The name went on when the design was complete, Larry Shinoda pirating “Boss” from the lexicon of slang. It was tidy: it could be used on both the 302 and 429, avoided the use of a Z-28-copying alpha-numeric name, and ”appealed to the youth market.” And the project had been the Boss’s idea.
Every Boss 429 was sold before it was built, and not that many were built. Only 859 rolled out of the converted mobile home plant in Brighton, Michigan, in the 1969 model year (including two Boss 429 Cougars), and 499 in 1970. It was a ‘69 owned by Bob Masella of Elroy, Pa., that AutoWeek recently drove. Like many boss 429’s, Bob’s Mustang is not wholly stock.
Ford made modifications easy; encourage them, even. For example, there is the Ford solid lifter cam good for another 25 horces. And the Hurst shifter, standard on ‘70s. And Konis replace the “ultra-heavy–duty” Gabriels. The rear spoiler and “sports slats” were not original equipment, but probably dealer-installed options. A previous owner painted this stripe on the hood: The factory identified the Boss 429 by fender decals and hood scoop only.
And is the scoop that one notices the most upon slipping into the driver’s seat. The hood is big anyway, high and rounded between the fender creases, but the scoop lies there, a malevolent mound, an ever present reminder of the Shotgun beneath. There’s not much to look at on the dash, only a big speedo and redline-less tack, and slightly smaller temperature and fuel gauges. The steering wheel has simulated holes, and the seats catered to the widest common denominator.
The engine, though, renders these complaints to trivialities. At idle, there is the characteristic crackling rumble of the Ford V-8. The solid lifters tap softly deep within the vee. The clutch is heavy and letting it out the first time produces an awkward chirp from the tires. Shift to second and there’s another chirp, but this one against the compression of too-low revs.
But that’s the last mistake. The engine is easy to learn, even though the seven liters at 11:1 feed the constant feel of compression: Steady speed is a balancing act of precise throttling. The compression ratio makes itself known and another way, too: knocking at big throttle—low RPM combinations. It longs for yesterday’s gasoline.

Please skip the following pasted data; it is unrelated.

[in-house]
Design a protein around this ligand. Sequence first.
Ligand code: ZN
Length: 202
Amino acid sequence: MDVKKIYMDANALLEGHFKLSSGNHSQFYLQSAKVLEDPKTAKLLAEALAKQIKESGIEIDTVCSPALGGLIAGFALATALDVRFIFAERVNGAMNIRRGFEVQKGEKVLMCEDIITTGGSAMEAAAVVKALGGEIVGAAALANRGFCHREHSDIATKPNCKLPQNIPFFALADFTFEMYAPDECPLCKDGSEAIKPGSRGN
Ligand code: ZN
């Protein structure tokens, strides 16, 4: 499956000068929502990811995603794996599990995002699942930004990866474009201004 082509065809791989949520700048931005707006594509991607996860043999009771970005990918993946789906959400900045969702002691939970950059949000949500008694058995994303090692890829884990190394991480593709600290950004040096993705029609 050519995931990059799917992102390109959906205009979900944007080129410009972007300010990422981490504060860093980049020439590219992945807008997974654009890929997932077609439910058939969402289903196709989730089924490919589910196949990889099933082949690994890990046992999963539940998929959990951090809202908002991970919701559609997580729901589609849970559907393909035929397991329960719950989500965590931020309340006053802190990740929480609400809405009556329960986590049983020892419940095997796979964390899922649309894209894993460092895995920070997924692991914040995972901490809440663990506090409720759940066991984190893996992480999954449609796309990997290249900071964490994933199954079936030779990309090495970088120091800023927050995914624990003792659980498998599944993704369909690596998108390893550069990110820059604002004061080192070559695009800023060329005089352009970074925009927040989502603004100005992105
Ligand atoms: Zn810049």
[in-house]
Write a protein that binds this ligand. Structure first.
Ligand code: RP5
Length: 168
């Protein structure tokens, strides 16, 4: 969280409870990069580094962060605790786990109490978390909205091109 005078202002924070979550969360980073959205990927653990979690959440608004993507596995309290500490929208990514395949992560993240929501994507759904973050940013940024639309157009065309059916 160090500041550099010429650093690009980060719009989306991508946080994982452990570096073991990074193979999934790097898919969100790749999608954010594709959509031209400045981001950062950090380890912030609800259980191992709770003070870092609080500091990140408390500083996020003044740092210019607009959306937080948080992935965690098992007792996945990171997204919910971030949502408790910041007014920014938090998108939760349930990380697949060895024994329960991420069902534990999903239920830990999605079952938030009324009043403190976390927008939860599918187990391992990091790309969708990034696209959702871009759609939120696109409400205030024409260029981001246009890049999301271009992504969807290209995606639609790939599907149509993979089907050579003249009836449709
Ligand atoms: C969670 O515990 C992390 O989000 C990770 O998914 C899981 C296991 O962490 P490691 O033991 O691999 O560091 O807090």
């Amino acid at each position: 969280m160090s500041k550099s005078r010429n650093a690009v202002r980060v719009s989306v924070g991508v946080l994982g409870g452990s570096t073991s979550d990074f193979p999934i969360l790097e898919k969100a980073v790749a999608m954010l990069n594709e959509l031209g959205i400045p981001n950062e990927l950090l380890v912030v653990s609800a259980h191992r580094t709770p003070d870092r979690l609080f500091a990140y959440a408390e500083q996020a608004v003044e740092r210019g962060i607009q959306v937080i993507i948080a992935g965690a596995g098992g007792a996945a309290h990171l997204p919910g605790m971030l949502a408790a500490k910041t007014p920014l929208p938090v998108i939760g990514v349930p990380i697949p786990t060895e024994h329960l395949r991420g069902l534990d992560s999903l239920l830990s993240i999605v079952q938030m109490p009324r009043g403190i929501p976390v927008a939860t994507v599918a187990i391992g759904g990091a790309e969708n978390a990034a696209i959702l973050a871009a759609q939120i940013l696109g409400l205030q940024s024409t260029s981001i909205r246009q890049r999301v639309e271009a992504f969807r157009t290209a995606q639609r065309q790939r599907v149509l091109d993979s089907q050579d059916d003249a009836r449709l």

With familiarization complete, and deserted Pennsylvania two-lane beckons, a target for the Shotgun. Drop the hammer and give it all four barrels.
The response is a sudden as that from a thirty-ought-six. Intake roar comes from the hood scoop as the big motor tries to suck in half the atmosphere over Eastern Pennsylvania. And the power gets to the ground. The Boss Hoss rises on its giant toes and goes. Quarter miles come up in an impressive 13 seconds. Stock.
Mr. Hotchkiss’s suspension doesn’t wind up, hop, or otherwise indulge in silly behavior. At least as long as the road is straight and smooth. Add some curves and ripples and another trait of the shotgun appears: It cuts a broad swath. This car wants a lot of road. Despite a claimed 56/44 weight distribution, size, weight and power distribution all conspire against nimbleness. It doesn’t do anything that can’t be handled, but it needs room to do it in. It’s no bob-weighted and counterbalanced marksman’s rifle that punches the heart out of an ace at 100 yards—it’s a riot gun that blows the whole card away.
No one has ever accused a shotgun of being a precision instrument, nor should anyone make such an accusation of the Boss 429 Mustang. On the other hand no one is ever suggested a shotgun be treated with disrespect. Nor should such a suggestion be made of the Boss 429.
* Over 40 years the negatives for the photos illustrating this article have gone astray, so the photos were scanned and the halftone newsprint photos were massaged as much as possible to resemble the original photos.